We used to listen to what reviewers were saying, especially the big ones, but we discovered there's so little consistency that we just gave up completely.

That's disappointing from my end. I understand it; it's warranted completely, but it's unfortunate for reviewers that do work hard and are consistent and do put that emphasis in.

It's another example of where reviewing reviewers...the good ones would flow to the top. And actually that should be a factor in the weighing of values on something like Metacritic, which, like it or not, has become incredibly important in our industry.

I remember [PR company] The Redner Group saying "sales teams live and die by Metacritic", and I'm inclined to believe them. You can see that emphasis from PR and publishers. If they don't get that 90, it's like 'forget it' - they don't even care.

I saw a curve once from a [big publisher] showing the correlation for an RPG between Metacritic score and sales. There's an incredibly strong relationship, which is exponential. An 80 will get you a couple of hundred thousand sales, say, where a 90 will get you a couple million if it's marketed properly.

That's a very scary thing, that one number can have such a huge impact on whether or not a studio is going to be allowed to make its next game... Studios are killed over bad Metacritic scores. That happens every day almost. If you look at what makes up the Metacritic score and how it's wonder how many reviewers or sites are taking it very responsibly.

I wish the user ratings would be much more important than the critic ratings, because then if you add up all the critic ratings, what do you have, 100 guys (or girls)? Versus thousands of players. So something is twisted there.

And when you see scores being manipulated, that drives you completely bananas as an independent, small developer. Obviously if I was on the other side I would be happy if I could put shit in a box and put a nice name on it and get a 90% score.

It seems like it's more possible than ever to promote a new game, it's just a matter of how clever and creative you can be with getting people to know about what you're doing.

There should be accessibility in press in that way.

I like to think we generally do a lot to help that. If someone is working on something brand new and is extremely well done. I'm thinking of Bastion, for example. Press jumped all over that and I think for good reason.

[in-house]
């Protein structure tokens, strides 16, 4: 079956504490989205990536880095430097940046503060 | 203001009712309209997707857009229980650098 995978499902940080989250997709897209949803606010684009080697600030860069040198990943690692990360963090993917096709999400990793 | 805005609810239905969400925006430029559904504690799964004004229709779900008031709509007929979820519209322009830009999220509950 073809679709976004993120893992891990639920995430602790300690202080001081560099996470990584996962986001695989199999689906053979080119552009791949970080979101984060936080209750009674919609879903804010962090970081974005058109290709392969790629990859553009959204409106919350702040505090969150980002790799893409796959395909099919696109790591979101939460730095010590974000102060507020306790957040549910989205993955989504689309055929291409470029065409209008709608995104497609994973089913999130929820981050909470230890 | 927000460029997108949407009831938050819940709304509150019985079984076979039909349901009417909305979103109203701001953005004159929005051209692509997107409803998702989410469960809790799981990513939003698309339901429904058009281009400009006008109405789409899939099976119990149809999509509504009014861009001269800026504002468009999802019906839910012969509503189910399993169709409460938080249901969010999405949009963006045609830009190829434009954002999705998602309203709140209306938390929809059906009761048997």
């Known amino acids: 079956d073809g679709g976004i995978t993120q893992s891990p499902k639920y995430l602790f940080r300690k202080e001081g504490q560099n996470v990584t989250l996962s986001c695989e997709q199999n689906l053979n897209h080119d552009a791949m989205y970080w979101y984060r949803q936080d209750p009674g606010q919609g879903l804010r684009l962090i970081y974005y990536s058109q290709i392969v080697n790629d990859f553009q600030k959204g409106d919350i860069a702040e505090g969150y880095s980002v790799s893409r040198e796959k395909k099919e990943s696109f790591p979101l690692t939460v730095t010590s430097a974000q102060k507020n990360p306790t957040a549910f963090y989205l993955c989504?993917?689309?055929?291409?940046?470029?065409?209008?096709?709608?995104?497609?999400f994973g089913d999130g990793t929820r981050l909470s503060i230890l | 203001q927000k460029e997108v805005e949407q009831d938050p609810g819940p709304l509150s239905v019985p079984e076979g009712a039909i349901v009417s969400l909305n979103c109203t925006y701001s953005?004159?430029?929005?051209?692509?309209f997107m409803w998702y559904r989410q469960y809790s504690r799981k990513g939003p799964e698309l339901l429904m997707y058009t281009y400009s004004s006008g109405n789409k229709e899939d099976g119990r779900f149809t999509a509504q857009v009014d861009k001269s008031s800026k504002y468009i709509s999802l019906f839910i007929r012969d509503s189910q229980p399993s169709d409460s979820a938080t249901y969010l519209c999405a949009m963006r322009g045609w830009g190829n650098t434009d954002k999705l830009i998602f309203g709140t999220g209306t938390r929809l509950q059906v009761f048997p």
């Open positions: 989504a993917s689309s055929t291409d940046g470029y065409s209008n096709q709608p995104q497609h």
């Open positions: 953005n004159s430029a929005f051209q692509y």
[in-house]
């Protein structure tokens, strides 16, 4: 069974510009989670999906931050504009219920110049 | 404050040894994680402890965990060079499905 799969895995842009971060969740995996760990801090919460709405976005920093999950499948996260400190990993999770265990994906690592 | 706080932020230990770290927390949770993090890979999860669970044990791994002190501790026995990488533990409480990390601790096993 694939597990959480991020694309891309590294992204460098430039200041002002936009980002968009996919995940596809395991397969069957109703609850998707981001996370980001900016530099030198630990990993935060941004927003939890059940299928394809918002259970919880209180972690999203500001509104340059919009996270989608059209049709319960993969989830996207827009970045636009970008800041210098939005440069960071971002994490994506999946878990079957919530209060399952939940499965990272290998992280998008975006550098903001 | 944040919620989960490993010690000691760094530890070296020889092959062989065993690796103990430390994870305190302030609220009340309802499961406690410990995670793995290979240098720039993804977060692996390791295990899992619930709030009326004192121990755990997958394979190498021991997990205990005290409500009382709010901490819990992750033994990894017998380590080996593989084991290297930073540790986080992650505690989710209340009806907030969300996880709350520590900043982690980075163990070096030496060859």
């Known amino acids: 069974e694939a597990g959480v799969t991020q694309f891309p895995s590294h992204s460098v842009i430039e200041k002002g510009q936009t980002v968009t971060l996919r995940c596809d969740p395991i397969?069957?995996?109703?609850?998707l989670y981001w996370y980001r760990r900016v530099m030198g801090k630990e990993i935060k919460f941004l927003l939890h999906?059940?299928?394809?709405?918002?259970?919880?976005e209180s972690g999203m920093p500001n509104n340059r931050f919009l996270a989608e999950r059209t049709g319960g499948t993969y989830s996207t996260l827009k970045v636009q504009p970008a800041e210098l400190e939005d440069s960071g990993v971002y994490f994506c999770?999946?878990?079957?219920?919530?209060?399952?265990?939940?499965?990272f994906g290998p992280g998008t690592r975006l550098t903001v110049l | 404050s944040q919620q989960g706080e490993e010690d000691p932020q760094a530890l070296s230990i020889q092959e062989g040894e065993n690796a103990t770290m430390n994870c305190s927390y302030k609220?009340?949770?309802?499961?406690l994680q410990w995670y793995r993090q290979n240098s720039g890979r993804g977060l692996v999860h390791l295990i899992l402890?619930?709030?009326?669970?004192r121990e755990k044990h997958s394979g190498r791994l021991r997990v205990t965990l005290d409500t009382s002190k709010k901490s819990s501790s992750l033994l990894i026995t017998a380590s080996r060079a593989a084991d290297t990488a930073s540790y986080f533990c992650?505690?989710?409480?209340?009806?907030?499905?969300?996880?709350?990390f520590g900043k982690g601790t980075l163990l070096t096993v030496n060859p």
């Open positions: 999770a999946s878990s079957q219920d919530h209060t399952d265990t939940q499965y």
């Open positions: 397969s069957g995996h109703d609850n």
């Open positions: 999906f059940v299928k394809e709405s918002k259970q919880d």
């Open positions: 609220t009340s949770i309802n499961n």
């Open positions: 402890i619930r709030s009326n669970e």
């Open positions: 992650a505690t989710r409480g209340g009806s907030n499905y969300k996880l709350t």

Yeah, well that's the trend. Once people are writing about it...

It catches on, yeah. In that respect, games coverage is healthy.

I once did a press trip to the US promoting Divinity II. We had meetings with all the large [publications], and I flew over the Atlantic to meet these guys, and they said, 'Sorry, we can't see you. We're working on this preview now.' I go the next one and it's a guy who was a fan of us, he gave the original Divinity 86%, but it turned out he was working on a preview of a major game, so I sat down with the intern who was into racing games. The only reason we did the trip was because online we got no response. I can only imagine how hard it is for [a studio] with nothing behind them who have to start from scratch.

I guess it varies from publication to publication. Some of us are eager to hear about some game nobody else knows about, because then we can be the ones to start that trend. That's exciting to us. But I guess some sites are not as open and welcoming and more concerned with what they're already doing.

There's a trend now where you have sites like you guys and Rock, Paper, Shotgun and others. They're very accessible and give startups and mid-size companies like ourselves a chance to talk to the public and that's fantastic. It's exactly what I had with GameSpot or IGN back in 1999. So that's changed at the very large sites. I guess it comes with the size and growing they've been doing.

I think it's also a different model. How they make their money is not how we make our money. We pride ourselves on uniqueness; they don't really have to bother with that.

Going back to reviews: how do you manage consistency amongst them?